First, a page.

Constitution change bans smoking in all residence halls


Smoking is a habit that a number of people on campus take part in every day. However, for smokers living in the dorms, things will now be more difficult, due to a recent amendment to the Association of Residence Halls constitution concerning smoking. Currently, all 10 residence halls, including Jardine Apartments, will have to begin enforcing the new smoking policies.

“Constitution Main Motion S was the piece of legislation that was amended,” said Sarah Herigon, ARH voting member and freshman in animal science. “This will now clearly lay out that there will be no smoking, of any type, inside of residence halls. This will eliminate people who smoke electronic cigarettes from smoking them anywhere in any of the halls.”

Herigon also said ARH had to clearly define what smoking meant. ARH defines smoking as anything that emits smoke or vapor from the body of the device. Falling under this definition, hookah will no longer be allowed within smoking parameters or inside any of the residence halls.

“Personally, everyone is different and has their own style,” said Emily Rubeo, freshman in business. “As a smoker, I have my own reasons for smoking, as I know other people have their own different reasons for smoking. People choose to smoke and others choose not to. Smoking for some people is something that helps them de-stress and that is something that shouldn’t be taken away.”

Herigon said she loves the new policy change. She says it benefits people who have asthma, because they will no longer have to walk through smoke to go in or out of buildings, and for people who are trying to quit. She said this way people who don’t want to be around the people who smoke don’t have to be.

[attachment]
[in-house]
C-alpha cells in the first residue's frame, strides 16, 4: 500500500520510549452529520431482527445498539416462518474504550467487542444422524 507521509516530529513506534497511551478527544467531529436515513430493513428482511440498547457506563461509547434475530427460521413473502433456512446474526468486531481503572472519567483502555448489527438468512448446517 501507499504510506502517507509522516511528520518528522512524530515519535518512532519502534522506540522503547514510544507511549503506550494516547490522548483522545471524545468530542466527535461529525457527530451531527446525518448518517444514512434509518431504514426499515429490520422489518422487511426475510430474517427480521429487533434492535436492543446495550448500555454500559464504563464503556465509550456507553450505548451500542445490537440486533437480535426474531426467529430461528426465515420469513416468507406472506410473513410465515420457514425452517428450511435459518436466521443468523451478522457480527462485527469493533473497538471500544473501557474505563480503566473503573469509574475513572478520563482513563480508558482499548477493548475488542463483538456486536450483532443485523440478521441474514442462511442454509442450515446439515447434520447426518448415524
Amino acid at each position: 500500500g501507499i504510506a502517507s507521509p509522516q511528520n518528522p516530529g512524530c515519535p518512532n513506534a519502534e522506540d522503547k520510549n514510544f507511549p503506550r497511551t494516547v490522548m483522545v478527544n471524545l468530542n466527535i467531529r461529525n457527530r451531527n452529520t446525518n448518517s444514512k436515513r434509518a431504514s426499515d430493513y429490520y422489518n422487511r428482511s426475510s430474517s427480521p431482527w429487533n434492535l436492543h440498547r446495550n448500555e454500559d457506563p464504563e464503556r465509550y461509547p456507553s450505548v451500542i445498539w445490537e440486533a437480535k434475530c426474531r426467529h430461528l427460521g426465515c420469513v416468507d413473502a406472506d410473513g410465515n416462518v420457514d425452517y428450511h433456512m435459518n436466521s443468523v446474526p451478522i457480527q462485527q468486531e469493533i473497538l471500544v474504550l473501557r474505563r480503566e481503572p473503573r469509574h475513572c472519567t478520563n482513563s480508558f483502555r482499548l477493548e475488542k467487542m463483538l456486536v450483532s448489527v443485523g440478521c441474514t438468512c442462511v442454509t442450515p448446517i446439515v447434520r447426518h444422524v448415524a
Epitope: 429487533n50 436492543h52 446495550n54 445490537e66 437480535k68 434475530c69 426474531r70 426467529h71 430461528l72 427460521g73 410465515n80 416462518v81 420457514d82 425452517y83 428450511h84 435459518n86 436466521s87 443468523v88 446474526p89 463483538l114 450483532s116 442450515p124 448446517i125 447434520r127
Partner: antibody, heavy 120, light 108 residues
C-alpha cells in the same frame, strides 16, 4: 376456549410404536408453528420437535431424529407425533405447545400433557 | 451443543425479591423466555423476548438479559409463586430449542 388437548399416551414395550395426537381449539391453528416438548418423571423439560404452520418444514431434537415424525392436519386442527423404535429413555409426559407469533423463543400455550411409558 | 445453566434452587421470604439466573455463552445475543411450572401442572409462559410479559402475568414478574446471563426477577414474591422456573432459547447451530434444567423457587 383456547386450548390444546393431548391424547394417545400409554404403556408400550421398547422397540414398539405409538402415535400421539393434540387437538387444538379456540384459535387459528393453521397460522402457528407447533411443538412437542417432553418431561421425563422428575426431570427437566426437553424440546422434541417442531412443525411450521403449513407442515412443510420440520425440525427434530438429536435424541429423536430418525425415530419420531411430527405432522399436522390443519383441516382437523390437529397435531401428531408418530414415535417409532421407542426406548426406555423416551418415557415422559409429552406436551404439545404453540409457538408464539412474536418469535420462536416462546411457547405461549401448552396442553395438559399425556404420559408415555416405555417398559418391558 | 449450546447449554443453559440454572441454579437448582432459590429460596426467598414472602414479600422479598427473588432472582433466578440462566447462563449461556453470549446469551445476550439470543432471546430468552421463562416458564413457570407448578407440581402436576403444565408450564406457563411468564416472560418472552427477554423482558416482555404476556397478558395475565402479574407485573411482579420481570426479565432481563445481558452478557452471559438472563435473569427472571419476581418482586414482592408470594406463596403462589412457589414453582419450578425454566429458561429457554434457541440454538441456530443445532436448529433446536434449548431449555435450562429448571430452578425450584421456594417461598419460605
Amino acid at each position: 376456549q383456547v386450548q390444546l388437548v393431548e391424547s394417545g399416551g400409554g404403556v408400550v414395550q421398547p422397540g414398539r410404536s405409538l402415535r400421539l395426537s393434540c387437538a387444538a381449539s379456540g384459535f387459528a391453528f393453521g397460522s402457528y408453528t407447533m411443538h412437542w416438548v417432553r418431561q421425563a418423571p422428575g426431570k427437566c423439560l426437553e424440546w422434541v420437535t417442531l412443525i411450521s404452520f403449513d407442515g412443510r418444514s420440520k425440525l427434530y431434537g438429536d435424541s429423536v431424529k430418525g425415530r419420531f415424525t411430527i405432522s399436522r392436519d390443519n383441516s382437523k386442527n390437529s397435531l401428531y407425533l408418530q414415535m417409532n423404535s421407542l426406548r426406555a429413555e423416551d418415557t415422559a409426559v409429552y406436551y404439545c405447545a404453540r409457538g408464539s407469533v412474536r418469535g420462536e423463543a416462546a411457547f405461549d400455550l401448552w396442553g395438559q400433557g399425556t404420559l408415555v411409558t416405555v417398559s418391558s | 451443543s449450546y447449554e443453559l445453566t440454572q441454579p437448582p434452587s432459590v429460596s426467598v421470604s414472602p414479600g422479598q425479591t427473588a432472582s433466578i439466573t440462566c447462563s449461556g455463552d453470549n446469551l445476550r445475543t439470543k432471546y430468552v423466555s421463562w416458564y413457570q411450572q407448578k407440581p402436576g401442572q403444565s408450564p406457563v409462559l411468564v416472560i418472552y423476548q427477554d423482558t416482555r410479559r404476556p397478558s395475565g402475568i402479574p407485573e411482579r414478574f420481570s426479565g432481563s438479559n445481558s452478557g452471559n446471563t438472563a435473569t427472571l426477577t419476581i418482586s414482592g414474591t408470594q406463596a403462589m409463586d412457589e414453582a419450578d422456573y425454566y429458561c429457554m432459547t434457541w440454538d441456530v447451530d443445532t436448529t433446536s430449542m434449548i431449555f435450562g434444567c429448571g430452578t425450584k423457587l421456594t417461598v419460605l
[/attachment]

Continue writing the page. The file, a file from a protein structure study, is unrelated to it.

The part of the amendment Herigon dislikes is that each residence hall will be able to set a boundary for smoking farther than the mandatory state law and city ordinance of 30 feet. She doesn’t like this because residence halls could set unrealistic distance limits, and it also creates inconsistency between the halls.

“With the halls being able to set their own parameter limitations for smokers allows Housing Governing Boards of each hall to have input on their communities and surroundings,” said Nick Lander, assistant director of residence life. “The positive of this policy is that it is hard for ARH to make policies that pertain to all 10 residence halls. The negative of this is that there are a lot of students who go between halls. Without clearly posted expectations of each hall, there could be confusion.”

Lander suggested a solution to the smoking limit around dorm buildings. He said that smokers should be clearly told where they can smoke, instead of all of the places they can’t. He said resident assistants can warn smokers if they are too close to the building and possibly even document it.

“When smokers are warned or asked to move, they typically do,” Lander said.

For smokers who live in residence halls, like Rubeo, it becomes difficult when there are no places to sit and socialize that are at least 30 feet from all of the buildings in residence hall complexes. Rubeo questioned the policy if universities try so hard to be fair, why do they discriminate against smokers?

“I have met so many cool people sitting outside and smoking. I mean even some of my really good friends,” Rubeo said. “We are in college now. We are all adults. And we should all be treated as adults by making our own decisions about things like smoking.”